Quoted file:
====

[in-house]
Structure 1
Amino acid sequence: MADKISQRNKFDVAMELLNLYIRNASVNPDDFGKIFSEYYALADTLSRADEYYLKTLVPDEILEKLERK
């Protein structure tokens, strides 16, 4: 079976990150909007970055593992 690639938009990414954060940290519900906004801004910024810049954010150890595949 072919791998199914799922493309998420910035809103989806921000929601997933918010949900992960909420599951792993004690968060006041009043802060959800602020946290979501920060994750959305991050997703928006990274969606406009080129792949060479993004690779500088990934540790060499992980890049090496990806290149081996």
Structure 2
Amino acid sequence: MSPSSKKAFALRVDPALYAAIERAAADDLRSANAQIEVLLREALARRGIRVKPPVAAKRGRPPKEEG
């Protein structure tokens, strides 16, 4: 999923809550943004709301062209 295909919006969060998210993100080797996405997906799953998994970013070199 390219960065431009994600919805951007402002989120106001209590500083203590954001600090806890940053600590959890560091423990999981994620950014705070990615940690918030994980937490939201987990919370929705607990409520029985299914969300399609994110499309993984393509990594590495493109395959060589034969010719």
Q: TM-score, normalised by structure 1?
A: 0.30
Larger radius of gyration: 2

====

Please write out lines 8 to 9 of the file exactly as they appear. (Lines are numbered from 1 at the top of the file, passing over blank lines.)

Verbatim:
Q: TM-score, normalised by structure 1?
A: 0.30